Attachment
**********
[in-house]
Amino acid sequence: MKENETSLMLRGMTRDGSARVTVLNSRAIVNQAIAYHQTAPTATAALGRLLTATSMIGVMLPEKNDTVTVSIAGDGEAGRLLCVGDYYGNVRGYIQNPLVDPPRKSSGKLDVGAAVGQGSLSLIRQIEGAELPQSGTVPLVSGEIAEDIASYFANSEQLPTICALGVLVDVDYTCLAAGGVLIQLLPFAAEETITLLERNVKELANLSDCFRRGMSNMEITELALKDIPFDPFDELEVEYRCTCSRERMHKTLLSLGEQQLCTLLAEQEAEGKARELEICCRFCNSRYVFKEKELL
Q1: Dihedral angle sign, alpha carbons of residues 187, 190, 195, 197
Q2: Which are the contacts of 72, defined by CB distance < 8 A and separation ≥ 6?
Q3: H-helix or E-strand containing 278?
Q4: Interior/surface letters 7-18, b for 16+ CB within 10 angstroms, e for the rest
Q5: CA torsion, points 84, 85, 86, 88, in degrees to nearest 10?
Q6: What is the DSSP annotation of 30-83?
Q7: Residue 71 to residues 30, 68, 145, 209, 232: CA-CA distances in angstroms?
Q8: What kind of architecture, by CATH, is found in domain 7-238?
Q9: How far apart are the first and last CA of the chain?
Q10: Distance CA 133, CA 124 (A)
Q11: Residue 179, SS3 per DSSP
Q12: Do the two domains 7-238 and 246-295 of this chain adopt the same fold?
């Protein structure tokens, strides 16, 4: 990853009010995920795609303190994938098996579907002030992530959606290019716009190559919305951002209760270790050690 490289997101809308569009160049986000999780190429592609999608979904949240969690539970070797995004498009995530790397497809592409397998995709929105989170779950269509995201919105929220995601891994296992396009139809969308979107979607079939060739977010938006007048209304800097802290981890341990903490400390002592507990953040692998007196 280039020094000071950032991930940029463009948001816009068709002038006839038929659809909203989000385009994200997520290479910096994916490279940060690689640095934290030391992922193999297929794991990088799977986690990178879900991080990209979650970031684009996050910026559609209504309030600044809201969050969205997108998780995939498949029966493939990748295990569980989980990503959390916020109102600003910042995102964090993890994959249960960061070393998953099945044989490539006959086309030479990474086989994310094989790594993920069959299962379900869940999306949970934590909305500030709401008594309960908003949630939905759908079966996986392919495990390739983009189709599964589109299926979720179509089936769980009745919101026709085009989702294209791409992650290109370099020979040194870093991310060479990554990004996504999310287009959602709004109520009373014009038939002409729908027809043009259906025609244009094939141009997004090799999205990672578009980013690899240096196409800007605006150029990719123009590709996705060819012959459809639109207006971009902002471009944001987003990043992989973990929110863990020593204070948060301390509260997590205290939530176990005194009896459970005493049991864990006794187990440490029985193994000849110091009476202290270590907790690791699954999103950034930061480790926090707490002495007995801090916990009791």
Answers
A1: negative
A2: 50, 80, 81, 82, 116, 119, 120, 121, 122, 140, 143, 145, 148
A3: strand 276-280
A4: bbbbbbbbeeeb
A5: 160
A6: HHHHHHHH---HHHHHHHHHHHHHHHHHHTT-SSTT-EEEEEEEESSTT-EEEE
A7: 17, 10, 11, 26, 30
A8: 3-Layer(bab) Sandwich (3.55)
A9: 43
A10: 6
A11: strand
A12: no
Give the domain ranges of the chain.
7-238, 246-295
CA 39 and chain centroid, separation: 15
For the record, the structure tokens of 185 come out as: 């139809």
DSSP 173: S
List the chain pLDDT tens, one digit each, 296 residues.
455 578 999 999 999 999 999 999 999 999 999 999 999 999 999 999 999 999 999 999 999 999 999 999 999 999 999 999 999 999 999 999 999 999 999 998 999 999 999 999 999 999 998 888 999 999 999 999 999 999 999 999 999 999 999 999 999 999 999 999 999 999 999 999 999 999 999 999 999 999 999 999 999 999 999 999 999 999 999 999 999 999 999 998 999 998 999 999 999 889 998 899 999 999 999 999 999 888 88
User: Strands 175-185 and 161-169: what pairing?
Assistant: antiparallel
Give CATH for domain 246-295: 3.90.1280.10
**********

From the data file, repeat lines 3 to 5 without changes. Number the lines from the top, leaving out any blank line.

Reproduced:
Q1: Dihedral angle sign, alpha carbons of residues 187, 190, 195, 197
Q2: Which are the contacts of 72, defined by CB distance < 8 A and separation ≥ 6?
Q3: H-helix or E-strand containing 278?